Posts Tagged ‘poverty’

You Are Only One Google Search Away…

December 25, 2014
There is a global need for help - The House of Friendship of Kitchener sees many international connections

via Flickr

“I was claiming income support as I live in a hostel and am only 17, but they stopped it 3 weeks ago and I have no food left and as it’s so close to Christmas I’m starting to panic, is there any way you can help me please?”

The world is a big place but connected in surprising ways.

We receive many calls (or e-mails) for help, especially during the holiday season. Because of the global reach of the internet, some of those inquiries come from people who do not realize that we are -literally- on the other side of the planet.

The young person I’m quoting above emailed us from Europe.  This year I also received emails from as far away as Australia, and, within Canada, from British Columbia.

Thanks to the power of the internet, I am often able to quickly find a place to refer someone back to in their own community.  A place they no doubt overlooked in their frantic struggle to find food and other help, because, as we know from our work in this community each day, food is often the last of many needs that people struggle to meet.

So as we reflect back on the experience of Christmas Hampers and our year of work, meeting people from our community who had no food, it is sobering to remember that this small part of the world is not alone in its struggle to build a community where all can belong and thrive.

There is still much to do in 2015.

 

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Hunger Awareness Week – May 5-9 – Who’s Helping in Waterloo Region?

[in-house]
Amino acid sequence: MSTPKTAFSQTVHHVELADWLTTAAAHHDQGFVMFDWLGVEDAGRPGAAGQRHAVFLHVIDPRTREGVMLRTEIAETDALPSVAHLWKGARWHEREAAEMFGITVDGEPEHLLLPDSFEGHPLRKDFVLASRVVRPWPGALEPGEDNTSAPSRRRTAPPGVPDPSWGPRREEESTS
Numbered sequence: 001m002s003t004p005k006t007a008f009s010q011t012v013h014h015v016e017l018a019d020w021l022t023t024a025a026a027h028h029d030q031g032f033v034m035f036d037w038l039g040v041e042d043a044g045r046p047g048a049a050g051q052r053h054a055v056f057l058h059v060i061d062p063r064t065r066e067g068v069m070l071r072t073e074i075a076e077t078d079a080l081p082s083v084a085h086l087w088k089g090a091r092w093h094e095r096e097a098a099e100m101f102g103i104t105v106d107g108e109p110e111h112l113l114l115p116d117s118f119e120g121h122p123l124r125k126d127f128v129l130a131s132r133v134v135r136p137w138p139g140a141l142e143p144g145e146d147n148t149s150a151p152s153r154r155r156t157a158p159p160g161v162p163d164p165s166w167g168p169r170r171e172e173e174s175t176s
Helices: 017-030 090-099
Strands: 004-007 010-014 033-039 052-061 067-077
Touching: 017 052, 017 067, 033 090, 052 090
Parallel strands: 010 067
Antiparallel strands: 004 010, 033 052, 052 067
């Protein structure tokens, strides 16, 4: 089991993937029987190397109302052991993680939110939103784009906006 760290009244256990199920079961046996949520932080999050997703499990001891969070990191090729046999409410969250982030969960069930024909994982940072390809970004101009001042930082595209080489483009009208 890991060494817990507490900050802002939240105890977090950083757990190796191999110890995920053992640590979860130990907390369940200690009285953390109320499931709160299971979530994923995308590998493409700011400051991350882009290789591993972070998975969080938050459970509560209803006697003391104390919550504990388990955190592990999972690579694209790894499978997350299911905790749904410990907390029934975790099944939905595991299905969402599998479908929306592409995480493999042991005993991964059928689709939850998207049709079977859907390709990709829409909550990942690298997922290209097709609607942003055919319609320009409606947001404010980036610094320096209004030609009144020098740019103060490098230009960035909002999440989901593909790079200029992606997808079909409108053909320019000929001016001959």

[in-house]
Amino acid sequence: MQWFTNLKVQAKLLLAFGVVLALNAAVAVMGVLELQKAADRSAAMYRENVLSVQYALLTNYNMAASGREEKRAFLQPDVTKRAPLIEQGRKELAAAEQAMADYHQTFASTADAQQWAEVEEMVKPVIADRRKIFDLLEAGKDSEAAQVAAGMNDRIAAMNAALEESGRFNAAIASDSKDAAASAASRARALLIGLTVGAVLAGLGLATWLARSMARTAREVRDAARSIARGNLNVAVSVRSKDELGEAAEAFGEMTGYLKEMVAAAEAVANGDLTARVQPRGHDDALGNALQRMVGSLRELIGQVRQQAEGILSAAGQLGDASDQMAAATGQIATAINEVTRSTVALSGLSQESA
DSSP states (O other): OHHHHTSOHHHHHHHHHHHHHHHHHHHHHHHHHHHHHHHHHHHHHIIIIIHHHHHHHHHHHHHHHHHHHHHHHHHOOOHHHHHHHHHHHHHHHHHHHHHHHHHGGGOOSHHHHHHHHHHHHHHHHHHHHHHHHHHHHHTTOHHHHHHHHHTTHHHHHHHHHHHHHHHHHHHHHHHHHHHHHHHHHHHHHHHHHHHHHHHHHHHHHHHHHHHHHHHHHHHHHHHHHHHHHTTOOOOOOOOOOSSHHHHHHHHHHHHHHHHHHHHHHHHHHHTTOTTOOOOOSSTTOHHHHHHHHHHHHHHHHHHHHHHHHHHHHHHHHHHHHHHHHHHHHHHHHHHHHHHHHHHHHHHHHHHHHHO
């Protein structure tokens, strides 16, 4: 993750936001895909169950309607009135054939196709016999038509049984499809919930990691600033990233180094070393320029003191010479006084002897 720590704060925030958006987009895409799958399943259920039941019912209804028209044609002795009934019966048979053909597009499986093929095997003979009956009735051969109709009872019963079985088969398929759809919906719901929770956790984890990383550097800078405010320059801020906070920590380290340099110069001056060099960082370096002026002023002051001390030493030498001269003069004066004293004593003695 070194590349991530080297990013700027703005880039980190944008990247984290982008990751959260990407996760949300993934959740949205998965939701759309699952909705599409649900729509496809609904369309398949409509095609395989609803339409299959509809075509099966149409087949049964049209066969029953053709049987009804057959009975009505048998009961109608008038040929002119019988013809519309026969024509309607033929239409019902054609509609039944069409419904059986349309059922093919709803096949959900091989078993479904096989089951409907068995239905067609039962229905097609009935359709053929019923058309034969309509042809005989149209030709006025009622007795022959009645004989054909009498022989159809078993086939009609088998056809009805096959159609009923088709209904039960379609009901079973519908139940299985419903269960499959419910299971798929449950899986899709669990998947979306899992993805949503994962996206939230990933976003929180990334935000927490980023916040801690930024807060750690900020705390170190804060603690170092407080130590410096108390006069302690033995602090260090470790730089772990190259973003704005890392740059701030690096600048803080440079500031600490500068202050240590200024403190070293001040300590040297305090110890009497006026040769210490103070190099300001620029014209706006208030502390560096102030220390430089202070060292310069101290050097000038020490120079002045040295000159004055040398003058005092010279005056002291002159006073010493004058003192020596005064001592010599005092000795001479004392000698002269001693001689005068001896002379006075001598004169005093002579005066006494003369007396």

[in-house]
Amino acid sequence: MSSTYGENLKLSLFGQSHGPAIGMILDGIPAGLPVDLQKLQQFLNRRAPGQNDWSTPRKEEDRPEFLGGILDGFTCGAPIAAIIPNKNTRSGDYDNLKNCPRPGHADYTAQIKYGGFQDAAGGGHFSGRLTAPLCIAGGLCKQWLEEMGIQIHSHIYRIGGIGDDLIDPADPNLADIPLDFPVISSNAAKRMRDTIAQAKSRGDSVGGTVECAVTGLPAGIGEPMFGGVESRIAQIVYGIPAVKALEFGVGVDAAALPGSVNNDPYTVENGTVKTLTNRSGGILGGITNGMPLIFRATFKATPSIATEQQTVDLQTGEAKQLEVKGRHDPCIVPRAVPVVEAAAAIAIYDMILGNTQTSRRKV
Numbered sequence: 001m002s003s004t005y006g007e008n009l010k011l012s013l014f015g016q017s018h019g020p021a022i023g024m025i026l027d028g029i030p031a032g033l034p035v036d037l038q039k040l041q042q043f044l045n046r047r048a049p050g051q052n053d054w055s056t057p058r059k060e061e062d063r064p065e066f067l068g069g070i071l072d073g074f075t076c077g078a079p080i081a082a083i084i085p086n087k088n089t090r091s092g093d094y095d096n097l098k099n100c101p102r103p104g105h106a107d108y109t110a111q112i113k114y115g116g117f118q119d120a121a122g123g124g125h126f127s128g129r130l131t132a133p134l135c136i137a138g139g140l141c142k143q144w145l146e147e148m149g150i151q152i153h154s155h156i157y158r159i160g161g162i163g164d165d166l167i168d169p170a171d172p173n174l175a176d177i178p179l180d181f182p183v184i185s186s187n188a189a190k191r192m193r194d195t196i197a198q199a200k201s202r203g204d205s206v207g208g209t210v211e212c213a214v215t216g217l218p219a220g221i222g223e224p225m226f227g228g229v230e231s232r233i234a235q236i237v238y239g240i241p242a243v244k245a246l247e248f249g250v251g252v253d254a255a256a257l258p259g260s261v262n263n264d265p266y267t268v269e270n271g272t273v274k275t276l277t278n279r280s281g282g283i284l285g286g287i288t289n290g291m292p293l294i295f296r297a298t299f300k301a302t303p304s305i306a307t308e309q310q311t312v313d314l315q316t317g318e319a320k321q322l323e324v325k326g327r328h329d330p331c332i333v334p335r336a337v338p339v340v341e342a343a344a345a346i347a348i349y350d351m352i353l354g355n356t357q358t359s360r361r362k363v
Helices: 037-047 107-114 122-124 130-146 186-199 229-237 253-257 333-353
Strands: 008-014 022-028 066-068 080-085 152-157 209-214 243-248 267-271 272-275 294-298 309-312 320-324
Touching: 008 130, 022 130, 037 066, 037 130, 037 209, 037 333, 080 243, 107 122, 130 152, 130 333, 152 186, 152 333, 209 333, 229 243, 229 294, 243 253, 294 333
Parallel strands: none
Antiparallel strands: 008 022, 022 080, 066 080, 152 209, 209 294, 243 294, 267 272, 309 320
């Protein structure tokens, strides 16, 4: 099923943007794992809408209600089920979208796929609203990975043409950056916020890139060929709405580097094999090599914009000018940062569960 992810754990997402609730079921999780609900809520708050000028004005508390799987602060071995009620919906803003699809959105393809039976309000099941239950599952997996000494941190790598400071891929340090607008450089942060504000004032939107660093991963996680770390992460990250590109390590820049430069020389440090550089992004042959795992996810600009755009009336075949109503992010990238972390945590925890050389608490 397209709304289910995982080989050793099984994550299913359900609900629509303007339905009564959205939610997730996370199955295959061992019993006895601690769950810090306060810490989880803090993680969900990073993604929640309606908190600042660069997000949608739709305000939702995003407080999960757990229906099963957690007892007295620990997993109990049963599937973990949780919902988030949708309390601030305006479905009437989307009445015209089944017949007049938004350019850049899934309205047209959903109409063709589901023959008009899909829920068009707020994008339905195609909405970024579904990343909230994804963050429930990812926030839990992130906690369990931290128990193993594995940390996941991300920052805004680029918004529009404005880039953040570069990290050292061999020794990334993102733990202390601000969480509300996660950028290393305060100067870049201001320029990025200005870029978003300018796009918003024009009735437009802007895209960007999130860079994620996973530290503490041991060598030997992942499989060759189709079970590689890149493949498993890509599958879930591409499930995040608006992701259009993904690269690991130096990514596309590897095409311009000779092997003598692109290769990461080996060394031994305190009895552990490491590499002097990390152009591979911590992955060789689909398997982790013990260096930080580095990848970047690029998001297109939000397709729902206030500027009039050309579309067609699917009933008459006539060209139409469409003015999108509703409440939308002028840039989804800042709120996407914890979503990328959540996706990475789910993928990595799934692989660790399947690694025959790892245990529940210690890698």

May 5, 2014

Today, we are pleased to share a post from Kate, at the Food Bank of Waterloo Region about Hunger Awareness Week.

On my visits to The House of Friendship Emergency Hamper program I am always surprised how many of our neighbours need help with food assistance. There is no one type of person who requires food assistance. My visits remind me that many members of our community of different ages, genders and backgrounds need the help of a healthy hamper.

This week, May 5th to 9th, marks Hunger Awareness Week. (more…)

Child nutrition in Canada: poverty, health and well-being

July 17, 2012

A few weeks ago Nadir was talking to a woman at intake that had brought her daughter with her to pick up a hamper. Nadir asked the girl, “no school today?” The mother responded that she didn’t have a lunch to send with her daughter to school, so she kept her at home instead. Unfortunately, this is not an unusual statement for us to hear at intake.  Faced with the option of having her daughter go to school hungry—where her child might face social isolation from her peers, and her teacher might contact Family and Children’s Services—or not sending her at all, the mother had to make a choice. Like many Canadian families, this mother probably had to choose between sending her child to school with a nutritious and school appropriate lunch and being able to pay her rent for the month. For the child growing up in poverty, this decision will have a long term effect on their education, health, and probably their social well-being.